I was at my parents’ recently and mom gave me a stack of some old mail. I still get mail there from time to time. As I flipped through it and threw most of the junk mail in the trash, one caught my eye:
I did not apply for this card.
For those of you not familiar with Bergdorf Goodman – it is a high-end luxury department store in NYC – think Gucci, Prada, Chanel. Unfortunately, not a place I will be shopping at anytime soon.
I checked on Credit Karma and there it was – a hard inquiry on Equifax dated around the same time of the above letter from this department store. I also found another hard inquiry that I did not initiate. I took this opportunity to thoroughly review what accounts are open and make sure they were actually mine. Phew – all good. But I did find 3 old store cards that I haven’t used in years. I went ahead and closed them.
I then froze my credit at all 3 agencies – Equifax, Transunion, and Experian. What does freezing credit do? It prevents unauthorized use of your credit to open credit cards, mortgages, etc. unless you/they have your pin. This pin is issued when you freeze your credit. When you need to open a new card or mortgage you simply unfreeze or thaw your credit. Best if you call the bank or institution and find out which agency they will use first so you only need to thaw one agency. There is a fee to thaw – but negligible compared to the headache and time needed to undo fraudulent activity. So, even if someone does get your information they will not be able to open any lines of credit without this pin. Guard this pin! You will not be able to do anything without it. Make copies, upload to a secure cloud etc.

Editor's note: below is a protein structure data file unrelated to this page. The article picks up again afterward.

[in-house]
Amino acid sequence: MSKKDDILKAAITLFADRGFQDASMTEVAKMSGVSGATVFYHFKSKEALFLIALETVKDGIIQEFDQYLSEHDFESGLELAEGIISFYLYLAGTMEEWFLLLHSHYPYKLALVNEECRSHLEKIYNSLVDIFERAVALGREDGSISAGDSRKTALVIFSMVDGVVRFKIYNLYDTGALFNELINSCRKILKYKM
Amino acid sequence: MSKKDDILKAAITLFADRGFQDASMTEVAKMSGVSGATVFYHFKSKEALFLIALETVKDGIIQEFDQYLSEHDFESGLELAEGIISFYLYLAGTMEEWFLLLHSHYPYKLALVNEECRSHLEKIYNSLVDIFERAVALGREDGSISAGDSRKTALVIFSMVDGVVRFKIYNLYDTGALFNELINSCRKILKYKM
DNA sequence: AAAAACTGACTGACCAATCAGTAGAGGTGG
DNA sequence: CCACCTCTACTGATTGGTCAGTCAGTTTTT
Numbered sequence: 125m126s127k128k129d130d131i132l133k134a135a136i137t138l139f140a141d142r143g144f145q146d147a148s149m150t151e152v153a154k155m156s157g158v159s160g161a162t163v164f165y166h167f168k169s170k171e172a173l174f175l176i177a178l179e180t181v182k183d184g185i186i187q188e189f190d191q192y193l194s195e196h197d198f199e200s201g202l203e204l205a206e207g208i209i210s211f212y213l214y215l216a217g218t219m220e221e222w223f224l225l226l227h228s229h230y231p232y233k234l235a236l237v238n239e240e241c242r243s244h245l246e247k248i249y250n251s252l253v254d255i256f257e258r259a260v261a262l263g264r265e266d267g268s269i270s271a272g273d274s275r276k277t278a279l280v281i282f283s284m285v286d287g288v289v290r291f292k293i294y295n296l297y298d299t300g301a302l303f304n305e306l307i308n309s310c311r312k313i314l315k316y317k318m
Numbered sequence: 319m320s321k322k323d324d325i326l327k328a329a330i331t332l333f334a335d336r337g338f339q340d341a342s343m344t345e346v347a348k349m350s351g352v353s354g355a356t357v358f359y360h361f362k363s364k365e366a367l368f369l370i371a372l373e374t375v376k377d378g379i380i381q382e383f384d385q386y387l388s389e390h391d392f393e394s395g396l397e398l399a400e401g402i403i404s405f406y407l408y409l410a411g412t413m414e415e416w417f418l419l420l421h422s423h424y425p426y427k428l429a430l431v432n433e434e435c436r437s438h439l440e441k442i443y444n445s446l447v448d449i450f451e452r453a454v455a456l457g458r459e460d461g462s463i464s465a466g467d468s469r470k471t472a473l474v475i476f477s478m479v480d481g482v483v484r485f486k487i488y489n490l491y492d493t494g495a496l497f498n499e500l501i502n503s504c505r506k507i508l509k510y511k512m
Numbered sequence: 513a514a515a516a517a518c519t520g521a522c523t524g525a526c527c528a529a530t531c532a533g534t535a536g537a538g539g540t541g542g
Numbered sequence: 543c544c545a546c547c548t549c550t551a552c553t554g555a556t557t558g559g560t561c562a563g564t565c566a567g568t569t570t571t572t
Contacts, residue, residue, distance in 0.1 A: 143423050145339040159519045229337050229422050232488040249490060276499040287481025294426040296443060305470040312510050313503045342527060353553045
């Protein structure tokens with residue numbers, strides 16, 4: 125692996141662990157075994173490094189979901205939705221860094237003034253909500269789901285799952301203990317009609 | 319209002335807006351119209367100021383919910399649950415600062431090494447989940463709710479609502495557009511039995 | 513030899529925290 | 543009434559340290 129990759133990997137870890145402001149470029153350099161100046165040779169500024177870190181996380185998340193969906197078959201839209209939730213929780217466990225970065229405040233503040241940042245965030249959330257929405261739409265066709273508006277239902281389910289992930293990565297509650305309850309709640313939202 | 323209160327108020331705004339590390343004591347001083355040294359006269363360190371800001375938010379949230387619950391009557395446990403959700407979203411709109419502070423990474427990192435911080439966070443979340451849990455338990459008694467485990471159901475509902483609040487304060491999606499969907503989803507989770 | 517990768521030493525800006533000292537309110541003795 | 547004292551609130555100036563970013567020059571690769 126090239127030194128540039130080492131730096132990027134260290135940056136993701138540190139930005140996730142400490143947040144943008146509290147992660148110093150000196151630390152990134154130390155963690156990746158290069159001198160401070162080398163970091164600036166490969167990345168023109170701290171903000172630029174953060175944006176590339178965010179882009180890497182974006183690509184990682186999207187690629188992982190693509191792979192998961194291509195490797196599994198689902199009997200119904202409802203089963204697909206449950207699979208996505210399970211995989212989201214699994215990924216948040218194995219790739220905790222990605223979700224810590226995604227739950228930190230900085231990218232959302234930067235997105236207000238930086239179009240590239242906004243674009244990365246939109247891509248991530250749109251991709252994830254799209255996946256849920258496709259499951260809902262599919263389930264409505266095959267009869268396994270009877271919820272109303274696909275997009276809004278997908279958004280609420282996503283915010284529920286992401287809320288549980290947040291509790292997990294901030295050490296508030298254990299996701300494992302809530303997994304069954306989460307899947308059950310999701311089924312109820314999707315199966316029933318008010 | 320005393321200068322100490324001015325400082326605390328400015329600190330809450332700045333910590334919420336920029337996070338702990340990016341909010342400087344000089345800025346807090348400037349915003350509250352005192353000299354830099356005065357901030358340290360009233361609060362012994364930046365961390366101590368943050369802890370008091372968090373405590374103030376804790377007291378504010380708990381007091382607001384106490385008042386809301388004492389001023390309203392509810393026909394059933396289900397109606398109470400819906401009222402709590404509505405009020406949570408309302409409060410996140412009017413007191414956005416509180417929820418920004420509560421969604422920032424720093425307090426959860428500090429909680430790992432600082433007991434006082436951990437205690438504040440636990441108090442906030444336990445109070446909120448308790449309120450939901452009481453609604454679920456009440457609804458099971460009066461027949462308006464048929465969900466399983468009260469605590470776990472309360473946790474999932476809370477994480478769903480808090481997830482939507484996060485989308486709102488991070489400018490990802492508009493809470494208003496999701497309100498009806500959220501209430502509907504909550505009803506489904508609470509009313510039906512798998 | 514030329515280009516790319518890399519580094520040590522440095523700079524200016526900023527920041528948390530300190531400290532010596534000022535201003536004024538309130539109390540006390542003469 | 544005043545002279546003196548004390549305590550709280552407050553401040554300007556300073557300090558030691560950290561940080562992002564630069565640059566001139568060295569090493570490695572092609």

Freezing your credit has no impact on your credit score. Freezing and thawing credit is also state specific in terms of how long it will stay frozen and fees to freeze or thaw. Check out this excellent freeze/thaw guide for links and info on how to easily freeze your credit. Please note that freezing credit does not affect a theft’s ability to steal and use your actual credit card. Thankfully, this is much easier to deal with.
If you’re eligible, you can take things further and obtain a pin from the IRS so that no one else can file in your name. Yes it happens, and I can assure you this is a much bigger PITA to deal with. Unfortunately, you need to be eligible to obtain one:
- You receive CP01A Notice containing your IP PIN, or
- You filed your federal tax return last year as a resident of Florida, Georgia or the District of Columbia, or
- You received an IRS letter inviting you to ‘opt-in’ to get an IP PIN.
I am not eligible at this time. Hopefully the IRS will soon let anyone obtain a pin to protect themselves.
What do you think? Comment below.